"And then I would watch it back and I'd think it wasn't even that big of a deal. So I think doing that has really helped me to just let those mistakes go and just maybe look on it after and sort of dwell on it then. But it's definitely taken a little work."
The change feels like a simple one, but it's a change that needed to come from within and that's what makes it hard. Arnold already had the backing and belief of teammates and coaches continuously selected her because she was good enough.
"I think taking my form from West Ham to national team was probably the most important thing for me, because for some reason, I could always perform at club level, but I've never brought it into Matildas," Arnold said. "So once I started doing that, and it all started falling into place, I think it got me into the mindset that I needed to be for the last 15 years.
"Now I feel good. I feel confident."
The change has been evident during this World Cup campaign. Before the incredible save to deny Rose, there was a miscommunication between Arnold and Alanna Kennedy which led to an Asisat Oshoala goal in Australia's shock 3-2 loss against Nigeria.
A younger Arnold might have become consumed by the error, letting the fear of a mistake and its ramifications stop her from playing her game. Now she is able to look at the error, take what she needs from it and move on, without fear that she'll be toppled from the pedestal.
Heading into Monday's round of 16 encounter with Denmark, Arnold is the Matildas' undisputed No. 1 and has backed that up with two clean sheets at the tournament and a string of brilliant saves. Her profile has risen thanks to the consistent game-time, and she is facing the prospect of being a role model for the first time in her career head on.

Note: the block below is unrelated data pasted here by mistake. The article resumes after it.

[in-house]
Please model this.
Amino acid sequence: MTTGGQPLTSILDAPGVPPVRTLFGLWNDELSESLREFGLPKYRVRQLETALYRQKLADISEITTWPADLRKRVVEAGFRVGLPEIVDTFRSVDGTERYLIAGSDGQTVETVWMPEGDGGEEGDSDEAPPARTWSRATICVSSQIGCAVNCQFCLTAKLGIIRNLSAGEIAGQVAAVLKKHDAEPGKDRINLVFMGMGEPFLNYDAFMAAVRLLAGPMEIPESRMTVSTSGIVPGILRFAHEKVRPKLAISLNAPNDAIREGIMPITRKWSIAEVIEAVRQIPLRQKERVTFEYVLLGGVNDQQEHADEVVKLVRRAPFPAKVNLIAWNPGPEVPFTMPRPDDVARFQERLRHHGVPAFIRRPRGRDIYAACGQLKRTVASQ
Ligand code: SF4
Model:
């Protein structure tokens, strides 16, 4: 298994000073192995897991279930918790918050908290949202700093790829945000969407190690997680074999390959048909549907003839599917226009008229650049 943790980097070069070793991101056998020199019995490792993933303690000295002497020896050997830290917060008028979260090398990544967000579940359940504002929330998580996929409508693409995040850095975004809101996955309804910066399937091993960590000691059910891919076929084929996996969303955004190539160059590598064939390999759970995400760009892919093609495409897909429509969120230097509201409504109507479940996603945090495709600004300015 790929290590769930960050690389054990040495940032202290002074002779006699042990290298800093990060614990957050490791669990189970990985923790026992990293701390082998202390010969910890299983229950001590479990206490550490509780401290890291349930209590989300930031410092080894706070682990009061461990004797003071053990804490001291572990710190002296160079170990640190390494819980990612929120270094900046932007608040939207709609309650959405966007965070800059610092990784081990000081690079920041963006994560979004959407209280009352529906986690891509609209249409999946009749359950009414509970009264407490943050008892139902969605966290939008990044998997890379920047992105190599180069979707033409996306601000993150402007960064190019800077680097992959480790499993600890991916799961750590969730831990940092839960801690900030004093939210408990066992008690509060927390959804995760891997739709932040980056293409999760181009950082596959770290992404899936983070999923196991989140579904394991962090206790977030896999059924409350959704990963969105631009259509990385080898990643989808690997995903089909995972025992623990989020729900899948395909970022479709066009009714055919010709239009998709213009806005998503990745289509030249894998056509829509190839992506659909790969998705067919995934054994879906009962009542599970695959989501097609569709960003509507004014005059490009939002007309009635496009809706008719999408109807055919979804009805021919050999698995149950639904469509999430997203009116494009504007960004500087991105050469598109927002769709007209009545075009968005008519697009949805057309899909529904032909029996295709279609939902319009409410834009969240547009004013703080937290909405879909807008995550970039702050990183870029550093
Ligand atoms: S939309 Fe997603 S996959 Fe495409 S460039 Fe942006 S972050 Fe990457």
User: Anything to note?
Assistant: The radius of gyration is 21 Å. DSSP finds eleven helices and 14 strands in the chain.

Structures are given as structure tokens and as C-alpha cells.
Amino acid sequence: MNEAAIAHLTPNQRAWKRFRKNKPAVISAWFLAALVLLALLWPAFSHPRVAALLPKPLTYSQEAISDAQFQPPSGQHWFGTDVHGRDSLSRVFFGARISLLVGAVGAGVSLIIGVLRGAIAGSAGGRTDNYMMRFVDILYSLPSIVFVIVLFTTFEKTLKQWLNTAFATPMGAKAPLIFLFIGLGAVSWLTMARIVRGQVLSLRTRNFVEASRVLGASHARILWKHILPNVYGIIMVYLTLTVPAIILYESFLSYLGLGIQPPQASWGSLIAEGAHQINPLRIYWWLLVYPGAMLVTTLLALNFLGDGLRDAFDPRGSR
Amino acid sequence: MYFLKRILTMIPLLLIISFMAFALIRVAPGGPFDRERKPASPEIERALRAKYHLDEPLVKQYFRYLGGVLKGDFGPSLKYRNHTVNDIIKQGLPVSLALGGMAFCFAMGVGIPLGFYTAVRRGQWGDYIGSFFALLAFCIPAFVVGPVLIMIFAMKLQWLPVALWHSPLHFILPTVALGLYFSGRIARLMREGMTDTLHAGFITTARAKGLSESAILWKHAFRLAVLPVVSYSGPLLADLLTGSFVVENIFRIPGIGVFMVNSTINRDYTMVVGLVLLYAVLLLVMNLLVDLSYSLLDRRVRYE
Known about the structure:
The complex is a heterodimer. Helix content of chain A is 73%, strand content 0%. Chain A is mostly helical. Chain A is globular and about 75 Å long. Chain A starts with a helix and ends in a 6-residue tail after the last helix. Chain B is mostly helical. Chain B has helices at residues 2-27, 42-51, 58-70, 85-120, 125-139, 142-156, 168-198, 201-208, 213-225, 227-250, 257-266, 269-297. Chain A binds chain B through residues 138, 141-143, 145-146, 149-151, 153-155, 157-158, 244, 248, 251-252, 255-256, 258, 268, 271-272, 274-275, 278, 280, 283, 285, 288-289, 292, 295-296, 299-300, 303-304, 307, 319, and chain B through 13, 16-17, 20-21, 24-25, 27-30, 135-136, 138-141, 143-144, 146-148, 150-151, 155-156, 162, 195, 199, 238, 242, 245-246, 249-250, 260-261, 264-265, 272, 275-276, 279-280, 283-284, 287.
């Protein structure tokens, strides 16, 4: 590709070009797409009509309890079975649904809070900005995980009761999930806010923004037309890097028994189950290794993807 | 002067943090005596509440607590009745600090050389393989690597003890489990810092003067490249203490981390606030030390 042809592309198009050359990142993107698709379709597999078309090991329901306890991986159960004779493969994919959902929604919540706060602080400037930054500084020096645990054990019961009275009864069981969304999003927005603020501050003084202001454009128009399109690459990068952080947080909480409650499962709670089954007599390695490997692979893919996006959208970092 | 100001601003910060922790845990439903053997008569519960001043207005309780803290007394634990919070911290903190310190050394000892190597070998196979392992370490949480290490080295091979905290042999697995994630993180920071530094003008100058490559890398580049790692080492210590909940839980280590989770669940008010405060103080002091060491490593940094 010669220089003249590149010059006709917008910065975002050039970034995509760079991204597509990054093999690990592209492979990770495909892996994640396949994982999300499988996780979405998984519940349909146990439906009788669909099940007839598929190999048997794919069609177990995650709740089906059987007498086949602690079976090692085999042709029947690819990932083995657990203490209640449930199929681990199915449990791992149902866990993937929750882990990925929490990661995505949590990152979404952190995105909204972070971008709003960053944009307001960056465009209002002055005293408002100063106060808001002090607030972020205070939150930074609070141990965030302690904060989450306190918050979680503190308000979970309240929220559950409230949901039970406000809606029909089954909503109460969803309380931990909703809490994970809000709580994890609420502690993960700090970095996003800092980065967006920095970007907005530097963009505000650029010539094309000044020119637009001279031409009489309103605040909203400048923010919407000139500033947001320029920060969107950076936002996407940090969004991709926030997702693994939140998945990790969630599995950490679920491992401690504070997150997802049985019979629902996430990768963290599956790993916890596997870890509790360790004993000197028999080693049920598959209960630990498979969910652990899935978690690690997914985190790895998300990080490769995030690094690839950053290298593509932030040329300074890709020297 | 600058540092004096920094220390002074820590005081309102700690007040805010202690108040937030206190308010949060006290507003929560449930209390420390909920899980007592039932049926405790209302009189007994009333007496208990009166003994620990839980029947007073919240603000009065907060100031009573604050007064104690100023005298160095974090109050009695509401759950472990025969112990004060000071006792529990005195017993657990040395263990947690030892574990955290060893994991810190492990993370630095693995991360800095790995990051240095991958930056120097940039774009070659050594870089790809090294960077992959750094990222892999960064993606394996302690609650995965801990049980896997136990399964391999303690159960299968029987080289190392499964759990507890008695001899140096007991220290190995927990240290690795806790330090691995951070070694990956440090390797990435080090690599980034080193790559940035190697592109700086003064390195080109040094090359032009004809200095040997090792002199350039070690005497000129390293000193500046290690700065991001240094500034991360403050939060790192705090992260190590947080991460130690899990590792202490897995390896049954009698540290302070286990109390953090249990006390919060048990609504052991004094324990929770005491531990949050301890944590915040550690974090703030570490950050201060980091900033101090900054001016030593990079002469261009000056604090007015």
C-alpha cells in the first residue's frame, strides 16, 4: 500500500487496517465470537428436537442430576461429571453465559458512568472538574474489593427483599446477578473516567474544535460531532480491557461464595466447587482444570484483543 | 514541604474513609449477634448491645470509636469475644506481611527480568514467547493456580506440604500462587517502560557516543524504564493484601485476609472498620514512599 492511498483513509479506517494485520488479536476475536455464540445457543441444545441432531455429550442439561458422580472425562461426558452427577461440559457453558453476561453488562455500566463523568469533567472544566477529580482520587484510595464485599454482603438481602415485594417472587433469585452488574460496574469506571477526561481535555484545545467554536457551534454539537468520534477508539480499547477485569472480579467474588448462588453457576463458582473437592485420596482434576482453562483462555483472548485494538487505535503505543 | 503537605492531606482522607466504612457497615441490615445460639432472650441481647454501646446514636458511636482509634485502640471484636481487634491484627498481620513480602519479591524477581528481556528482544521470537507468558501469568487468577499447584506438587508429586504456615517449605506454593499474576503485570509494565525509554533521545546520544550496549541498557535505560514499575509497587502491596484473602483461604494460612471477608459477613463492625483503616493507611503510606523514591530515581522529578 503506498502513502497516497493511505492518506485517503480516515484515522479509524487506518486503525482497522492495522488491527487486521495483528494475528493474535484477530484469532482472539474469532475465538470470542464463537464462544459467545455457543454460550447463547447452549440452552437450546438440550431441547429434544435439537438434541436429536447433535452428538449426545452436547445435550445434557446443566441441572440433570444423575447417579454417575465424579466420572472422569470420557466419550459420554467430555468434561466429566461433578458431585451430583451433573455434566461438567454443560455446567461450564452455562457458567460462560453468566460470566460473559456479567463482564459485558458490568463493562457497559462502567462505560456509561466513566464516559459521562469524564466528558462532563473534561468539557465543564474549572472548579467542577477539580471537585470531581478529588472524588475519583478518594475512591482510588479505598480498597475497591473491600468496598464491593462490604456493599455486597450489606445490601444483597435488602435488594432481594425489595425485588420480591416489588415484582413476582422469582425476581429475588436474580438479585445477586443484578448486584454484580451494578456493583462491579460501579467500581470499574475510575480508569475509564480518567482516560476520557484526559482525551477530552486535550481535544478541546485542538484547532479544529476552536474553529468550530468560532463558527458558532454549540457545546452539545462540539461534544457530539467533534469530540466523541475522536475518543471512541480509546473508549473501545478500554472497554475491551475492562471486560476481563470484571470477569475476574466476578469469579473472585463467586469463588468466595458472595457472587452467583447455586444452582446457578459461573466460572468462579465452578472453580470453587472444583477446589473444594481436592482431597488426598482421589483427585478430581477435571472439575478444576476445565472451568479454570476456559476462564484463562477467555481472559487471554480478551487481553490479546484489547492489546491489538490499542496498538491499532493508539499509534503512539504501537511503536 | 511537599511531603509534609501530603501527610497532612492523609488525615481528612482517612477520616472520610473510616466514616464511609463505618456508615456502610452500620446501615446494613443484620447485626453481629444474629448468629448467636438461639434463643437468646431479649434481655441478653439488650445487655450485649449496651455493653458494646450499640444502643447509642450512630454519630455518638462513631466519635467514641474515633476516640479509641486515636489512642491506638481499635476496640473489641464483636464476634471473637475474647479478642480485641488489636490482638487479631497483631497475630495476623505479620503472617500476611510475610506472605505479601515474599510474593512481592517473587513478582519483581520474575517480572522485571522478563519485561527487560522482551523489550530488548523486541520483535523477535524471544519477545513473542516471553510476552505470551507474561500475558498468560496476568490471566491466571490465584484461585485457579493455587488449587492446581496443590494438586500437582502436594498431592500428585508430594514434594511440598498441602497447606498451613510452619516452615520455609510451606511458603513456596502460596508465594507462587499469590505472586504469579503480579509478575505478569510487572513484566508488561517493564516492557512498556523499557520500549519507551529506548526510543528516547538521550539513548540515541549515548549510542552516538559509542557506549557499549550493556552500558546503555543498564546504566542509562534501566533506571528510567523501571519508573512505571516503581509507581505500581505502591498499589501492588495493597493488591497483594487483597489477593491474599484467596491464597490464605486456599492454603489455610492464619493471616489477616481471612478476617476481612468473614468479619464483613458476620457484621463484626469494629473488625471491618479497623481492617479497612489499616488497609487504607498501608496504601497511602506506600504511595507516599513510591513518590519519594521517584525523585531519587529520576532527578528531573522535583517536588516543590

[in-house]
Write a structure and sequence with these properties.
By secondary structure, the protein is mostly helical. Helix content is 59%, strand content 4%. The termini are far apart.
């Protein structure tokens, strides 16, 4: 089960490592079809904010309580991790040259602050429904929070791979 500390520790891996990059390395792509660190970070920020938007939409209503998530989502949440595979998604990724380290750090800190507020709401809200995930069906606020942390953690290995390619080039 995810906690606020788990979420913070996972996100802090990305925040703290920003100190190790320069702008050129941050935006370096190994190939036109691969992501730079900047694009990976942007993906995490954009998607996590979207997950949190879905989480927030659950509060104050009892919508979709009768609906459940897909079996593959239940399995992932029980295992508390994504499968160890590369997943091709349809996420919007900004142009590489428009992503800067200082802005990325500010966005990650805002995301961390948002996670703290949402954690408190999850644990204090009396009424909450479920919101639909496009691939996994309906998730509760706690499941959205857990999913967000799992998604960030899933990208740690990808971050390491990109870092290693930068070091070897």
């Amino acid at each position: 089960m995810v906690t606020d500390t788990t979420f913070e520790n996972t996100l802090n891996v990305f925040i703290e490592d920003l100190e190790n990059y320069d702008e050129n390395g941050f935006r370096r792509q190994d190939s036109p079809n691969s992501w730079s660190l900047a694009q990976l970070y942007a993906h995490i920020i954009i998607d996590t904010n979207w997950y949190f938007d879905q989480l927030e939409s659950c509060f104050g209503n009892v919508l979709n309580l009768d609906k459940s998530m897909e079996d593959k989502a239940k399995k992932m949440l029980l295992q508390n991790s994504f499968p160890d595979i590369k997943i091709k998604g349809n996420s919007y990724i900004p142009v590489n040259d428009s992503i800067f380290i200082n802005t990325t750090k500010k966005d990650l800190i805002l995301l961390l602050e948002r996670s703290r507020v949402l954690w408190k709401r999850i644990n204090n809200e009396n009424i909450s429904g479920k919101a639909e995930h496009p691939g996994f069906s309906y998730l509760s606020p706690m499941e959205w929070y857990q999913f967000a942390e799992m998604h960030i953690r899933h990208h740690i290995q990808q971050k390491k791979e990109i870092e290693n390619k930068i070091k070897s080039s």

"To be honest, I don't think I've ever really looked at myself like: 'You're a role model,'" Arnold explained. "Even thinking about stuff that I post [on social media], I never really think about it properly ... but you have so many eyes on you.
"Even just seeing Arnold jerseys in the stands, it's probably something that I'm not really used to as well coming from the previous years when I haven't really been a main player. So it's been cool.
"Just being a little bit more noticed in the shops and stuff, which all the girls are probably used to that. But for me, it's sort of just come recently, and it's been nice, it's made me realise how much of an influence we do have on that younger generation."
While not deliberately using that influence, Arnold has already made an impact just by sharing her life, most notably, her recent decision to finally get hearing aids. But, all in all, Arnold is enjoying the moment and embracing the experience that has been beyond her wildest dreams.
"I didn't even really know what to expect coming into this home World Cup," she said. "And it has just been unreal, I can't even put it into words, especially like the feelings that I get when the girls score is something that honestly I can't even put into words.
"It's been something that I would never even imagined. And I remember being asked about what I'm going to expect heading into the World Cup. And I said: 'Oh, yeah big crowd, family and friends, whatever.'
"But looking back now, I could never have said what has happened. It's been unreal."